An amnesty program which invested billions of naira in countries overseas in rehabilitating and training Niger Delta MEND militants has not recorded appreciable success because after the training received, many youth cannot secure meaningful employment as the environment simply does not have options and investing in job creation is not a priority of this government. A ‘rehabilitated’ ex-militant terrorist told his friend to come join him in the kidnapping business, convincing him that it was seriously lucrative.
Critics of the amnesty project have stated that as the project which was initiated by late president Umaru Yar’Adua progressed, more money should have been invested locally in constructing the training schools and accommodation facilities, so as to keep the money within the economy and build long lasting infrastructure and opportunity for employment.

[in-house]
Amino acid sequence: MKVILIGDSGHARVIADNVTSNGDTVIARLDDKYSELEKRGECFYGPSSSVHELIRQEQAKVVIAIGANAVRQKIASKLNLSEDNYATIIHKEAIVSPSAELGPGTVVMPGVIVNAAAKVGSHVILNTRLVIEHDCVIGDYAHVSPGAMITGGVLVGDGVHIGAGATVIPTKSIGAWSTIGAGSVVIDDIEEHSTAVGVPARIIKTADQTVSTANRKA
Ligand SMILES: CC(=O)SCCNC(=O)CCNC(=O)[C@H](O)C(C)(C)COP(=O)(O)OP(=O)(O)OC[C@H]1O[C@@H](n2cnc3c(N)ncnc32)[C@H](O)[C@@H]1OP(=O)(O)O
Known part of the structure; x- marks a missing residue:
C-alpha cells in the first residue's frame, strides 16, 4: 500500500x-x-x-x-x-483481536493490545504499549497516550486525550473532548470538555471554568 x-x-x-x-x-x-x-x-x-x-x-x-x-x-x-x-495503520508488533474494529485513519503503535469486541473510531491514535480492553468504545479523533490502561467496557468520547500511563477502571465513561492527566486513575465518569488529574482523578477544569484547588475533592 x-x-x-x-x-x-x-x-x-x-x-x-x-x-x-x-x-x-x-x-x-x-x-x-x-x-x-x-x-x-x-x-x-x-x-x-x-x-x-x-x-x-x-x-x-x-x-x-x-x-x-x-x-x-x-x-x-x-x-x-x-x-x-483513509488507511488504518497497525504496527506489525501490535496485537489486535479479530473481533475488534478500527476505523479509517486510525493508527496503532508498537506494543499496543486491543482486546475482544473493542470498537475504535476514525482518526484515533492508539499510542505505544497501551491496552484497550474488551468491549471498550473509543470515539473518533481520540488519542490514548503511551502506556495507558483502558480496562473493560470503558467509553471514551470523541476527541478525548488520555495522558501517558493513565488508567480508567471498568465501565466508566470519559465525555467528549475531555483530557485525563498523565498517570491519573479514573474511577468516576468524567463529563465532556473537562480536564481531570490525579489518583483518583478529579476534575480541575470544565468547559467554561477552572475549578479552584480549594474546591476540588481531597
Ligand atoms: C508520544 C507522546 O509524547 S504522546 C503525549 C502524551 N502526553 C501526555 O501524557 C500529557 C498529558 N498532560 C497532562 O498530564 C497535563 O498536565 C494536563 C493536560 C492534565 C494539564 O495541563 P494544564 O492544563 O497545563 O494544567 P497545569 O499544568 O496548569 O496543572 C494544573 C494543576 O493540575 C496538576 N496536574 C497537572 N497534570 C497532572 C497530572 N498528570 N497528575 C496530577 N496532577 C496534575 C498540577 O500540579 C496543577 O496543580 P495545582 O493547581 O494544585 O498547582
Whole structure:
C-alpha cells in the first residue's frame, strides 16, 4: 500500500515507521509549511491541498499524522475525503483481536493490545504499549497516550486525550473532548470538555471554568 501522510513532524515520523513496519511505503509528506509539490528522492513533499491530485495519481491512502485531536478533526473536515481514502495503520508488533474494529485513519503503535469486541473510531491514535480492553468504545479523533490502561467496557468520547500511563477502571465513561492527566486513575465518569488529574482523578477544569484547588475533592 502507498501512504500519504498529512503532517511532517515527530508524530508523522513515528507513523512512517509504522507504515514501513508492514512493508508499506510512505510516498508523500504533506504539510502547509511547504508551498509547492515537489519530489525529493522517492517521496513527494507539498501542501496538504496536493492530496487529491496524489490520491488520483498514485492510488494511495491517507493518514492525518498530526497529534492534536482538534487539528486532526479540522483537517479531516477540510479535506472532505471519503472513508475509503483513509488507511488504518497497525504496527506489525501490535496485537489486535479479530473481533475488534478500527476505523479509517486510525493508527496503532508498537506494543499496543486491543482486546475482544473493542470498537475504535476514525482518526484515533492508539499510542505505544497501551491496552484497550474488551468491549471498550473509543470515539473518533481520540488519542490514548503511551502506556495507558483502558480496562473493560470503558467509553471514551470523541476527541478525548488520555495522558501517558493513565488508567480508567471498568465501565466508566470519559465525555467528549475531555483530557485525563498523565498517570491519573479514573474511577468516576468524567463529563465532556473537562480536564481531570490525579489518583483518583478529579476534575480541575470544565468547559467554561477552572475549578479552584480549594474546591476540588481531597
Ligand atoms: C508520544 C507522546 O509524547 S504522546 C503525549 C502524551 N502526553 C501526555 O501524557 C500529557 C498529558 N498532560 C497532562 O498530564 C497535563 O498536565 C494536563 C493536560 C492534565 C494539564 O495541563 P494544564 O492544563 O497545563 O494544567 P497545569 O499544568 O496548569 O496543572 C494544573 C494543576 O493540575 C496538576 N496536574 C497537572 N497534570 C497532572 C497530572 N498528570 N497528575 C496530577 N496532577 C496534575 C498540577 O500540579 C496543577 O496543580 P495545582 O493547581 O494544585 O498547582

Rehabilitated terrorists are now actively engaged in either high sea piracy, oil bunkering or kidnapping of affluent locals and visitors. Even the nation’s President’s adopted father was recently kidnapped in their village by these confident terrorists, and a ransom of N500 million was allegedly demanded… which may likely be paid, as is typical, thus cementing this new found vocation.
A problem Nigeria is credited with that discourages global business and investment, especially in its fourth republic and under the current administration is tolerance of crime of the wealthy. Once a kidnapper or pirate acquires an appreciable wealth status, he gains complete impunity and he and his gang are freed by the government regardless of their crimes. In contrast, petty thieves remain imprisoned, sometimes for years without trial.
It has been noted that in the case of northeastern terrorism, terror suspects who have been found guilty of mass murders are sentenced to life imprisonment, whereas armed robbers are given the death sentence. This sympathy for terrorists and their affluent sponsors by the government is a challenge to serious efforts at combating high caliber crime.